Frequently Asked Questions


Q: Do inspectors have to be licensed? Some states require licensing while other do not. New York State require inspectors to be licensed and Insured.

Q: Why Do I Need A Home Inspection? A Home Inspection is for your security and piece of mind. Whether you’re buying or selling a home, knowing its condition ensures you a fair and smooth transaction. Also, because you (as a buyer or seller) may not know everything you should about the condition of the roof, chimney, siding, trim, attic ventilation, electrical wiring, plumbing furnace, and air conditioner, or other items in the home.

Q: How long should a home inspection take to perform? The average home inspection takes between two hours to four hours to perform. Of course, this entirely dependent on the building’s size and age, the type of inspection being performed, the equipment used by the inspector, and what the inspector includes as part of their inspection service

Q: What Is A Home Inspection? A home Inspection is a visual examination of the readily accessible systems and components of a home.

Q: What will the inspection cover? A thorough Inspection covers everything from roof to the foundation. Grading, drainage, driveways, sidewalks, decks, porches, gutters, siding and trim, soffits, roof, flashing ventilation, floors, walls ceilings, windows, doors, plumbing fixtures, garage doors, openers, attic, roof support, insulation, heating, cooling, electrical, plumbing and more.

Q: Can A House Fail The Inspection? No. A professional home inspector does not issue a pass or fail grade on a home. A professional home inspection is a visual examination of the current condition of the prospective home. The home inspector will describe the physical condition of the home and indicate what may need repair or replacement.

Q: Should I be present for the home inspection? Yes, I encourage you to attend the inspection or at least the end for a summary. There are always items in the inspection that can best be explained on-site. I will include them in the report, but your presence at the property makes it easier for you to understand important information about the home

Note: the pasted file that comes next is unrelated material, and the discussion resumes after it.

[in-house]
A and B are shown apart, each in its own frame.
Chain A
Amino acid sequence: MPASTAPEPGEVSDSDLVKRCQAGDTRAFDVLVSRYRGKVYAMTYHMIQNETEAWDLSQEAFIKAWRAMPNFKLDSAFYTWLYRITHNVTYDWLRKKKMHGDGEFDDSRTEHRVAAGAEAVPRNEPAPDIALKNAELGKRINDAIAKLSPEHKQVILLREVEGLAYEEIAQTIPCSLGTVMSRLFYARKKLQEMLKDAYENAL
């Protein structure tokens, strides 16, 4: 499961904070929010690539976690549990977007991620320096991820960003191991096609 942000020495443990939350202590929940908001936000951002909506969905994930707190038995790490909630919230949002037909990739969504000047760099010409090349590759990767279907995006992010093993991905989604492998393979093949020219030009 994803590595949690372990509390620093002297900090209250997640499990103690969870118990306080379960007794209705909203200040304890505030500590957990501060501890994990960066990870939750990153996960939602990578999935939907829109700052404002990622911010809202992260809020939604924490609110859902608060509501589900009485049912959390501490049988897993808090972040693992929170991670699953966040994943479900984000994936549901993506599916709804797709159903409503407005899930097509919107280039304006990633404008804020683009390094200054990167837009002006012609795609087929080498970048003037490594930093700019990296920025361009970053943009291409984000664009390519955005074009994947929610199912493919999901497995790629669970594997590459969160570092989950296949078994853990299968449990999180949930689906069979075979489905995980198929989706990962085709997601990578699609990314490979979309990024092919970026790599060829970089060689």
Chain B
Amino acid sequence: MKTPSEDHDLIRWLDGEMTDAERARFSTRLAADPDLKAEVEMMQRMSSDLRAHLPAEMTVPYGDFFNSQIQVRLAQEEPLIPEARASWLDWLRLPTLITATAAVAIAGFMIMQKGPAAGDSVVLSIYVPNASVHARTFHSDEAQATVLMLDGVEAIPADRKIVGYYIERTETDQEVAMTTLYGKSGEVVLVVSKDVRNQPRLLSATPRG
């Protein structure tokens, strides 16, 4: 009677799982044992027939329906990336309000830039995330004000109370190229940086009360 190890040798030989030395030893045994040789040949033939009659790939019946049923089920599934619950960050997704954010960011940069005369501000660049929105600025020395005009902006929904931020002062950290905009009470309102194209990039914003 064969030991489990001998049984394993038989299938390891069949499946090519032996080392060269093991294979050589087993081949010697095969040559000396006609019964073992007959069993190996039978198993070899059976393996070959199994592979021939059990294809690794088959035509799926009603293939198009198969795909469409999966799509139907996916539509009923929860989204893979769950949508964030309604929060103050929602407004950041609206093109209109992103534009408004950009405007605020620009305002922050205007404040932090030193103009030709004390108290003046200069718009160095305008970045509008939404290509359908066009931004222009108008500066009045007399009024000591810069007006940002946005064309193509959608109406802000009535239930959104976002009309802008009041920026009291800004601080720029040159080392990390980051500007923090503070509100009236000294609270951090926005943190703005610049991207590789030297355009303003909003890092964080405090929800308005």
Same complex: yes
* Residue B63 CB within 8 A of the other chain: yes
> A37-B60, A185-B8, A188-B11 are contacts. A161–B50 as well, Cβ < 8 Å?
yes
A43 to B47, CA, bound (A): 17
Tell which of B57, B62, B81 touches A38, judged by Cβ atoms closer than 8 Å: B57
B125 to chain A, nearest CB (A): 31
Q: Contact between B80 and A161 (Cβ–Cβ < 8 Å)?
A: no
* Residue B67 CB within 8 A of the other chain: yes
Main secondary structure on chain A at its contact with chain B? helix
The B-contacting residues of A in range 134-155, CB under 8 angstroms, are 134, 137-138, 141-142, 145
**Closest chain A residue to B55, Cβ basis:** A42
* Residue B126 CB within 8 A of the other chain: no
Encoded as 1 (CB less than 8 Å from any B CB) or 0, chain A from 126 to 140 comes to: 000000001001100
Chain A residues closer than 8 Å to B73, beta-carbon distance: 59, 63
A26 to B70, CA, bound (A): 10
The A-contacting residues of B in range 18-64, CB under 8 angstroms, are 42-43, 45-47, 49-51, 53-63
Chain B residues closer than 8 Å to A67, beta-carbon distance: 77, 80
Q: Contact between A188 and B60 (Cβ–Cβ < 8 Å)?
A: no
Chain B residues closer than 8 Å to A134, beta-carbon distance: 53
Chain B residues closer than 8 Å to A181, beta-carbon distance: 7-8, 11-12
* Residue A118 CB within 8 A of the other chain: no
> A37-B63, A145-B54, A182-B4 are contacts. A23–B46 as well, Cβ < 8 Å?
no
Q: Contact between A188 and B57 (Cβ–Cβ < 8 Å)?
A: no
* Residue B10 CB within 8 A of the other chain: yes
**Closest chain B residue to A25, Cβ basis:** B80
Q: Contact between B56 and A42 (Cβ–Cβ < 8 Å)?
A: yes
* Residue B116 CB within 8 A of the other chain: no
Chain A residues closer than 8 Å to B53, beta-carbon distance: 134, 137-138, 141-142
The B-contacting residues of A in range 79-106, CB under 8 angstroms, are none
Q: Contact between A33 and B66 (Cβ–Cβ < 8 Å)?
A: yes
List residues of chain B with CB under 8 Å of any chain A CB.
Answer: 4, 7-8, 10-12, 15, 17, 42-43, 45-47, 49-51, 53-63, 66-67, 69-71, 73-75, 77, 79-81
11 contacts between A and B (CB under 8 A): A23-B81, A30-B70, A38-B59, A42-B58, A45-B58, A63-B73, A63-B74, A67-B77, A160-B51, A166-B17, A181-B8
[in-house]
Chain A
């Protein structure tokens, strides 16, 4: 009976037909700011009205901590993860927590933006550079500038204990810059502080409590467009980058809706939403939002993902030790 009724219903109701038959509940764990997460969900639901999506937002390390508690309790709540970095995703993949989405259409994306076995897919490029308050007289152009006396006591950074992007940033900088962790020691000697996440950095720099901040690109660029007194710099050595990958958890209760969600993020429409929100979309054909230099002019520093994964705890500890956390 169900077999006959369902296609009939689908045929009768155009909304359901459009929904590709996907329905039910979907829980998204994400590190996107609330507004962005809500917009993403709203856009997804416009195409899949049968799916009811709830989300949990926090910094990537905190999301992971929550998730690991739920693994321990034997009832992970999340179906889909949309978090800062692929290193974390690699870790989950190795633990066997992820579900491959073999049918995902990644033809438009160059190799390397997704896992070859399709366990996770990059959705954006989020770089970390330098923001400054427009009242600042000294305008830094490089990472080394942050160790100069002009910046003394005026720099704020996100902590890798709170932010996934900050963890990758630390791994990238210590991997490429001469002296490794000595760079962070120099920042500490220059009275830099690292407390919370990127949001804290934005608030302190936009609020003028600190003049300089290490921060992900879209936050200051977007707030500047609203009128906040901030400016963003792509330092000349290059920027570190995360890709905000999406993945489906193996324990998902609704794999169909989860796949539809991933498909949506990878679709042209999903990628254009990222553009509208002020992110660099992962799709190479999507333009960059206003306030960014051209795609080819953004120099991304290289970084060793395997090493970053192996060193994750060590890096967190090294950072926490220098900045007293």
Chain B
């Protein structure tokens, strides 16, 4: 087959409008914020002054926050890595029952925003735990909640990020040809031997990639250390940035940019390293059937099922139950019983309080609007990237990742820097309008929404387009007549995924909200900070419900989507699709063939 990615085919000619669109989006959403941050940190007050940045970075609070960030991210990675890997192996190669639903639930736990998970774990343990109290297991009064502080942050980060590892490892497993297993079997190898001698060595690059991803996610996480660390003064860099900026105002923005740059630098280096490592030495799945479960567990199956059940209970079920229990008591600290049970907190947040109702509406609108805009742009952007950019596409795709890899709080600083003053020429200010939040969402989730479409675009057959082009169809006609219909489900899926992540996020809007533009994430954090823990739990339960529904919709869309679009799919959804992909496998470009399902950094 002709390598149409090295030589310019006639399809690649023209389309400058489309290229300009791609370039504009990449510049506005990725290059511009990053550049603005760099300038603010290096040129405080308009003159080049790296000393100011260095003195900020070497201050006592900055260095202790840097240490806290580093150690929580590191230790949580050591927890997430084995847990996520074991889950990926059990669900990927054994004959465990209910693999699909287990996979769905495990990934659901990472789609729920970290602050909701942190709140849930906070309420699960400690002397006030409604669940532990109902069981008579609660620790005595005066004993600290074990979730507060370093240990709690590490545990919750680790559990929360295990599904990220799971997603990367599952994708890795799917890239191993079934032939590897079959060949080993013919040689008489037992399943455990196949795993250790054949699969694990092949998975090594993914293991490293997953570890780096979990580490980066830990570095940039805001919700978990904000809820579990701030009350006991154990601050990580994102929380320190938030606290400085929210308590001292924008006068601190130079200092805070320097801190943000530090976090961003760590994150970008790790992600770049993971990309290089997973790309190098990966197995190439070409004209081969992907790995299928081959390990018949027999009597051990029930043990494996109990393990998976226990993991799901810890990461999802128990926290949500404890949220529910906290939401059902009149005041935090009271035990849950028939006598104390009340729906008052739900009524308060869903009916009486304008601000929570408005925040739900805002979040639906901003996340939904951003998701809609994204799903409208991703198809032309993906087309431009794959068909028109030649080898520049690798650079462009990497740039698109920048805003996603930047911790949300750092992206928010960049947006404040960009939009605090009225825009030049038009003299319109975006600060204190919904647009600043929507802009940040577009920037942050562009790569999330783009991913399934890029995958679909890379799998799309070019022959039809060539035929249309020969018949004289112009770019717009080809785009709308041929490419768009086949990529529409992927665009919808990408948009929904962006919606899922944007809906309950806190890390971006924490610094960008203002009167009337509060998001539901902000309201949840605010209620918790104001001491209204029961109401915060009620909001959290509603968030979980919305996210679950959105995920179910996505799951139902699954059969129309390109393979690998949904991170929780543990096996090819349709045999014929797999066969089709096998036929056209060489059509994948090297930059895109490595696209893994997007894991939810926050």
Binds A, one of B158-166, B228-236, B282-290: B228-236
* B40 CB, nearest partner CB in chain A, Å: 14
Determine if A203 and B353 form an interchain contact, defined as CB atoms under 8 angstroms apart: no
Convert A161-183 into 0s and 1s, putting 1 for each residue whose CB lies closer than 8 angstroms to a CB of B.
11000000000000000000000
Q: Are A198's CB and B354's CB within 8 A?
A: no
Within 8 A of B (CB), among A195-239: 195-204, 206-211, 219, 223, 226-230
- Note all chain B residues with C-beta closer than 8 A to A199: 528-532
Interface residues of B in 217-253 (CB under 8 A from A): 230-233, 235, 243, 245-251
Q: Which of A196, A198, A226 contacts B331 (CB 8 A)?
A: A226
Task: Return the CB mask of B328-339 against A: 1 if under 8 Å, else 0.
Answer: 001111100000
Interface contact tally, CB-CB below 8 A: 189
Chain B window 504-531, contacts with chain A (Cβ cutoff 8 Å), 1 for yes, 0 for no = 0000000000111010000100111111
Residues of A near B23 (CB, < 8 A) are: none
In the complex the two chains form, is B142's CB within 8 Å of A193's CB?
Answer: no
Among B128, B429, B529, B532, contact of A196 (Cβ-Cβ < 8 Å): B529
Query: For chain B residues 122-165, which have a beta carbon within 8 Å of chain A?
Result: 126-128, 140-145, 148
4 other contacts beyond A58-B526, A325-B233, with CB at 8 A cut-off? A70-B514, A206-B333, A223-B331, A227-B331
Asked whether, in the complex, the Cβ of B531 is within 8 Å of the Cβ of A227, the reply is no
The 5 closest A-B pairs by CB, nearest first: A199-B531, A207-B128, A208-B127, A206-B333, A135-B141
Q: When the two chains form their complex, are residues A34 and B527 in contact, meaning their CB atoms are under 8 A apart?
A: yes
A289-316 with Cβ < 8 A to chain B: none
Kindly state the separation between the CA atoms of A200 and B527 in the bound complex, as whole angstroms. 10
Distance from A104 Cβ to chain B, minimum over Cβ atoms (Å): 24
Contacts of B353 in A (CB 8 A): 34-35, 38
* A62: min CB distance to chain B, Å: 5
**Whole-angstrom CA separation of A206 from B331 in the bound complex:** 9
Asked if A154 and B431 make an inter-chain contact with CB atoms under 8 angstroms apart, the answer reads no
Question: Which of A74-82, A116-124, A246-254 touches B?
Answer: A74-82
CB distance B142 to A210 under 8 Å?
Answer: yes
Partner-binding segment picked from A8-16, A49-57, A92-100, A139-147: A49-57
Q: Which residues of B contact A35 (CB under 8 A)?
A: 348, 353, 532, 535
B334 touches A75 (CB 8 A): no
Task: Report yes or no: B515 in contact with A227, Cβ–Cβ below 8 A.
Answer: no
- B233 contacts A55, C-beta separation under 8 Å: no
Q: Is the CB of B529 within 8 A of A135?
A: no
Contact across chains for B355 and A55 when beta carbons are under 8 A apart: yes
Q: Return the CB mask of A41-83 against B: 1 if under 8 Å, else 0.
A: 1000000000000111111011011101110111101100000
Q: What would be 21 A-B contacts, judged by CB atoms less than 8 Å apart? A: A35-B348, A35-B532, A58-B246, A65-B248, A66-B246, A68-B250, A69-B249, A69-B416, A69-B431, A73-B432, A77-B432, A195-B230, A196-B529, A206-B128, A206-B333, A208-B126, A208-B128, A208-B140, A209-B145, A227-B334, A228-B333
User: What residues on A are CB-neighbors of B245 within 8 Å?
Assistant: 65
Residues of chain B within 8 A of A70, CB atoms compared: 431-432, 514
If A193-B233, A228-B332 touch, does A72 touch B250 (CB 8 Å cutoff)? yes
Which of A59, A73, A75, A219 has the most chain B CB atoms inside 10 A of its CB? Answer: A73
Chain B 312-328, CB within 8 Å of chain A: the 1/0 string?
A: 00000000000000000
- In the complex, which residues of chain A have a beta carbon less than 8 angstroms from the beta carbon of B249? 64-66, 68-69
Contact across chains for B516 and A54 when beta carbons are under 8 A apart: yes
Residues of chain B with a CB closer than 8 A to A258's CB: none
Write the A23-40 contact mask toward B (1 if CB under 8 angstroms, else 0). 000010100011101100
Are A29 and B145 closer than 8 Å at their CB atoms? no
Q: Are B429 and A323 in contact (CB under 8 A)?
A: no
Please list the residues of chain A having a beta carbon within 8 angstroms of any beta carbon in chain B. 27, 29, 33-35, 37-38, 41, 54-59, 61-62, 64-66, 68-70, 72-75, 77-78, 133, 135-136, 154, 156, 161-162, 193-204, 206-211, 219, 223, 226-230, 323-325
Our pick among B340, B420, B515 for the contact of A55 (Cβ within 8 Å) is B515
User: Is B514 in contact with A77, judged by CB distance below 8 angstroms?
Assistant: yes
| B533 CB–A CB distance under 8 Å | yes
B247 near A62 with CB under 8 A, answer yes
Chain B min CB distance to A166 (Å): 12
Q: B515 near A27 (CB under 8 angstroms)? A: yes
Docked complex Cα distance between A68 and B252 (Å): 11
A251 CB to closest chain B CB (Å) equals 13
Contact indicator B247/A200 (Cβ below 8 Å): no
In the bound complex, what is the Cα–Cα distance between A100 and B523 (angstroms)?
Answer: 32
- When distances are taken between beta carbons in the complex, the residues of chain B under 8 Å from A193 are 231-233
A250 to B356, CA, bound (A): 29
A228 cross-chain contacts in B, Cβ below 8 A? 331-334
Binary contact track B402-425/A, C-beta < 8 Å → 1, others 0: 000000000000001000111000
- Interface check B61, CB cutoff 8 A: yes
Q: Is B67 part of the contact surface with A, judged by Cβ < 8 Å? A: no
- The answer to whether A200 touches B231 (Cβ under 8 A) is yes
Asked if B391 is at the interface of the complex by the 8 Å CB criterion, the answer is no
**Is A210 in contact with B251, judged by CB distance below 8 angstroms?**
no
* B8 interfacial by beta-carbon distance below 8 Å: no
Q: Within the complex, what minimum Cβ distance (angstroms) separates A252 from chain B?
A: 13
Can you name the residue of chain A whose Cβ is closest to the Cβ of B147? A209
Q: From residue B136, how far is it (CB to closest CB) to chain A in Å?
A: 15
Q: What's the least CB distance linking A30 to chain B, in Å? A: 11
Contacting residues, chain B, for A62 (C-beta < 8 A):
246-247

Q: How important is the inspection report? The inspection report is extremely important as it represents the inspector’s findings in printable form and provides the client with a permanent record of the inspection. In short, the report is the record of the inspection. Different inspectors use different methods to generate reports. Some inspectors literally write their reports in pencil while others may use a checklist form. Our inspectors are generating reports using sophisticated reporting software which allows photos to be inserted into the report and comments to be generated quickly

Q: Are you available to answer questions after I close and move into the home? Yes, I will be happy to assist you any way I can in clarifying the information I present in the report. Even after you’ve moved in and settled down to enjoy your new home. I am available to you, for as long as you own the home, to offer unbiased advice and recommendations.

Q: Will you fix the problems you find during the Inspection? No. My purpose is to provide an unbiased, objective report on the condition of the home. The code of ethics prohibits its members from soliciting repair work on properties they inspect. This assures that there will never be any conflict of interest.

Q: How Much Does An Inspection Cost? The price of the inspection varies based on the size of the home. Larger homes take longer to inspect, therefore the fees for these homes are greater than those for a smaller home. However, don’t let the price of the inspection determine whether or not you get a home inspection or the selection of your home inspector. The knowledge gained from an inspection is well worth the cost, and the lowest priced inspector is not necessarily a bargain. Qualifications including experience, training, and professional affiliations should be the most important consideration.

Q: Why are inspectors sometimes called deal killers? The term “deal killer” refers to inspectors whose findings, after an inspection is performed and reported in writing, motivate a real estate buyer to avoid moving forward with the transaction. This is usually the result of making a bigger deal of the smallest issues than is necessary. Of course, no inspector can know what findings will result in “killing” a deal as the decision to buy, or not, ultimately belongs to the client. Sometimes, a deal can be “killed” by the seller not being willing to fix something or the two agents not being able to negotiate terms between their clients. Contrary to the negative nature of the name, the “deal killer” inspector is gaining popularity as the buyer’s inspector-of-choice due to their protective nature towards their clients and attention to details. Many buyer’s agents are beginning to show a growing appreciation for “deal killer” inspectors as such inspectors help agents to avoid potential liabilities associated with the transaction.